The System software

System software

Together, the operating system and the ROM BIOS program routines form the layer on which the user programs "rest." When the PC has to work, an operating system has to be read from a disk. There are many different operating systems to choose from. However, the BIOS is always placed firmly andcentrally in the PC hardware.

BIOS - firmware

One of the fundamental techniques in the PC design is the BIOS program layer. BIOS (Basic Input Output System) is a group of small programs, furnished by the PC manufacturer - also called firmware.

The BIOS routines are placed in the hardware - in a ROM chip - and are always available. Being stored in the hardware, they are functional regardless of which operating system they have to work with. So, in designing an operating system, one must pay close attention to the BIOS. The operating system must be able to work closely with the BIOS.

BIOS contains some very basic program routines, which handles data transfer between different hardware components. During PC start-up, the BIOS programs are the only accessible software. Later in the start-up process, the operating system is read,. It will then take control of the PC. The operating system has to provide a user interface, on which the use programs can rest. Thus, the operating system has two "faces": One pointing up towards the user and his/hers programs and one pointing down towards the system and hardware:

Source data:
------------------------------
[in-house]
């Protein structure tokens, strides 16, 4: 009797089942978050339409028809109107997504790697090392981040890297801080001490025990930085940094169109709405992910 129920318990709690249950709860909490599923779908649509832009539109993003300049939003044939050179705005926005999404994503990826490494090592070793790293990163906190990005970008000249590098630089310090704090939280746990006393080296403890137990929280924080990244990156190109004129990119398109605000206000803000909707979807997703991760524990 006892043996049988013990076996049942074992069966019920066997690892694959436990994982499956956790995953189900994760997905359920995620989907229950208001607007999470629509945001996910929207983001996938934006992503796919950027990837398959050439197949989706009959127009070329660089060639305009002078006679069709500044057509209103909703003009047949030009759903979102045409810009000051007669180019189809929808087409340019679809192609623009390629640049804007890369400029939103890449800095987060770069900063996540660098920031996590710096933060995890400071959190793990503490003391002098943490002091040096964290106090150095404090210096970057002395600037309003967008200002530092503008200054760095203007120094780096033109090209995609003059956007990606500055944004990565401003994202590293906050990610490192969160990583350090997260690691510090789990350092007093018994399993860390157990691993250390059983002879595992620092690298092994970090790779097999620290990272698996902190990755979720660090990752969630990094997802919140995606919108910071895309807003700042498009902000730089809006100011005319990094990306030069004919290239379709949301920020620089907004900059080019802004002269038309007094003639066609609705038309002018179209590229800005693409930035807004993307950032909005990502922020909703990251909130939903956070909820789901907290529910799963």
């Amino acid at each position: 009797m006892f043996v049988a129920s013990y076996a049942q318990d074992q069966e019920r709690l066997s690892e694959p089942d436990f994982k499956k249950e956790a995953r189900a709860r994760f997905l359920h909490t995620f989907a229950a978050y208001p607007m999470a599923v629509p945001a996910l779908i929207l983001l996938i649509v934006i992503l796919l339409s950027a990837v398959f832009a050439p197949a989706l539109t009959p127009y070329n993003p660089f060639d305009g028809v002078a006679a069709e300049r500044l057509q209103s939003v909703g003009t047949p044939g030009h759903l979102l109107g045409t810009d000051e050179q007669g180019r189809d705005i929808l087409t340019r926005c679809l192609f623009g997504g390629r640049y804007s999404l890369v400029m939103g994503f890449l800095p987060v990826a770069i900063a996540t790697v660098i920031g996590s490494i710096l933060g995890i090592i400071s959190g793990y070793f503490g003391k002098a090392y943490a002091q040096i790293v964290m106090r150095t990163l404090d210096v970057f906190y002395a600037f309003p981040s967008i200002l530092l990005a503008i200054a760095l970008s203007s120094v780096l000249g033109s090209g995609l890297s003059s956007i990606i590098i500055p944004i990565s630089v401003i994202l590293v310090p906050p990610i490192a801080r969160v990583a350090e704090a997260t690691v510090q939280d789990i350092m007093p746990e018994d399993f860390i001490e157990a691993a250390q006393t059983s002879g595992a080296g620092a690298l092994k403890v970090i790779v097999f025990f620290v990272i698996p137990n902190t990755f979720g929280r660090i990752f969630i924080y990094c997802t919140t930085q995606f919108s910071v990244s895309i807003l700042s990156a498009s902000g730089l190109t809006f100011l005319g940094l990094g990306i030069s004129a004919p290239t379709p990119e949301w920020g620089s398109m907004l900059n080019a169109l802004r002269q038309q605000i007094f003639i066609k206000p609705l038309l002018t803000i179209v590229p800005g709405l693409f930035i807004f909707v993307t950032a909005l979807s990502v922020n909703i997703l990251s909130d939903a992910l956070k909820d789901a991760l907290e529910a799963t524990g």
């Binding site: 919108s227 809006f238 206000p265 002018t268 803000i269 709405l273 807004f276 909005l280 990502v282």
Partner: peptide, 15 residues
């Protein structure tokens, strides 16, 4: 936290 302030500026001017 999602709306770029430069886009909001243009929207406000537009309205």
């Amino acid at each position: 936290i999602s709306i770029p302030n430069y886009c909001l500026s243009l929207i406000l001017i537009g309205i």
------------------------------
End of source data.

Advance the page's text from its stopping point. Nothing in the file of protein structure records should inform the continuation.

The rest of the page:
As computers have become more and more powerful, the user interface has become more graphic and user friendly. In a few years we will be able to address our commands directly to the operating system (you can do it already today with IBM's OS/2). Thus, the "upwards" face of the operating system will change greatly - supported by technological development. The "downwards" face - the operating systems interface with hardware - will change less. At least, the fundamental principles are the same as in the childhood of the PC.

BIOS or drive programs

The operating system must be able to communicate with hardware. As we are going to see, this can be done in two ways:
  • The operating system communicates directly with hardware through drive programs.
  • The operating system utilizes the BIOS programs.
While BIOS is hardware specific program code, stored in hardware, the drive programs are small hardware specific program elements read from the disk together with the operating system.
Depending on which operating system is installed, both principles are used in various degrees. Since the BIOS programs consist of 16 bit code, it is typically DOS (a 16 bit operating system) which utilizes BIOS to a large degree. In the newer 32 bit operating systems, it is not efficient to use BIOS any more than necessary.
Here is a model, which shows the operating system with BIOS and drive programs (usually just called drivers):

As you can see, the driver/BIOS functions are closely associated with the operating system. So let us
look at that: